Find out the most recent autism statistics including prevalence and comparison of rates to other disorders. Over the past decade, statistics are showing a rise in all different parts of the spectrum for no officially known reason.
Because autism causes are more theoretical than fact at this point, there may continue to be an increase in prevalence until more studies can be conducted. It’s possible that the increase may likely be contributed to more awareness and the wide range of characteristics that are involved in the diagnostic criteria.
The following displays the increasing trend in autism statistics:
Currently there are approximately 1 in 500 (2/1,000) to 1 in 166 children (6/1,000) that have autism. In the United States, the prevalence of autism is a staggering 1 in 68! This is almost unbelievable and really demonstrates our need to determine not only a cause, but good treatments as well.
Statistics when compared to other childhood disabilities show that autism rates (3.4/1000 children) are lower than mental retardation (9.7/1000 children) and higher than the rate of cerebral palsy (2.8/1000 children) (2).
Around 17 percent of children are diagnosed with some type of developmental disability, including conditions that are considered more mild, such as ADHD, learning disabilities, and speech and language disorders making them more common than autistic disorder.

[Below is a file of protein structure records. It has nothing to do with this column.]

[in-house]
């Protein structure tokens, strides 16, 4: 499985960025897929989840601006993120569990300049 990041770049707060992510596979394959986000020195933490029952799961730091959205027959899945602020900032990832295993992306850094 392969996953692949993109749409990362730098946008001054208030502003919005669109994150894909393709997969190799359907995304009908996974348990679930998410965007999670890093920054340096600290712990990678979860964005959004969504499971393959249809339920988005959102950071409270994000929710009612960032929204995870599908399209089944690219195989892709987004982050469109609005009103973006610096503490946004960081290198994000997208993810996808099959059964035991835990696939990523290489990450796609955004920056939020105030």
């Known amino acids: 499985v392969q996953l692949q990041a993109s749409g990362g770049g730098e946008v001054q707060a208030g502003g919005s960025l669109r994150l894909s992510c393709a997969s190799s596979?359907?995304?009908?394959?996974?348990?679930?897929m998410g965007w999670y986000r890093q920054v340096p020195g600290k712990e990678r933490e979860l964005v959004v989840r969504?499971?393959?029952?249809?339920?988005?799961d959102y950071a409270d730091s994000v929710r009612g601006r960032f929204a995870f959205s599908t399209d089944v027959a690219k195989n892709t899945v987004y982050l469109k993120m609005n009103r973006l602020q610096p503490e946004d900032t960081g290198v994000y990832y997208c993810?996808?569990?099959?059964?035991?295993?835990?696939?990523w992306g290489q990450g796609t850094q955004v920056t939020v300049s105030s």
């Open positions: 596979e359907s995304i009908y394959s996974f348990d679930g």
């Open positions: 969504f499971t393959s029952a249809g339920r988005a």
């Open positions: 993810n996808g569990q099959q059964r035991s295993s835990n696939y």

It would depend on the diagnosing physician and what test or checklist was used to make the diagnosis. It’s important to note when considering statistics that it may not be a full population count of all individuals that are diagnosed.
There may be some children that are diagnosed, but that may actually have Fragile X Syndrome, or Childhood Disintegrative Disorder, as the symptoms can be very similar. Another contributing factor to the reported statistics, that may not be accounted for, are the children that are stated to have recovered.
There have also been promising advances in the use of biomedical treatments for autistic behavior, such as those outlined in the book Healing the New Childhood Epidemics, which I highly recommend all parents reading.
1. Characteristics for Autism.(2008). www.autism-society.org. 11-20-09.
2. Schoenstadt, A. (2009). Autism Statistics. www.autism.emedtv.com. 2-16-10.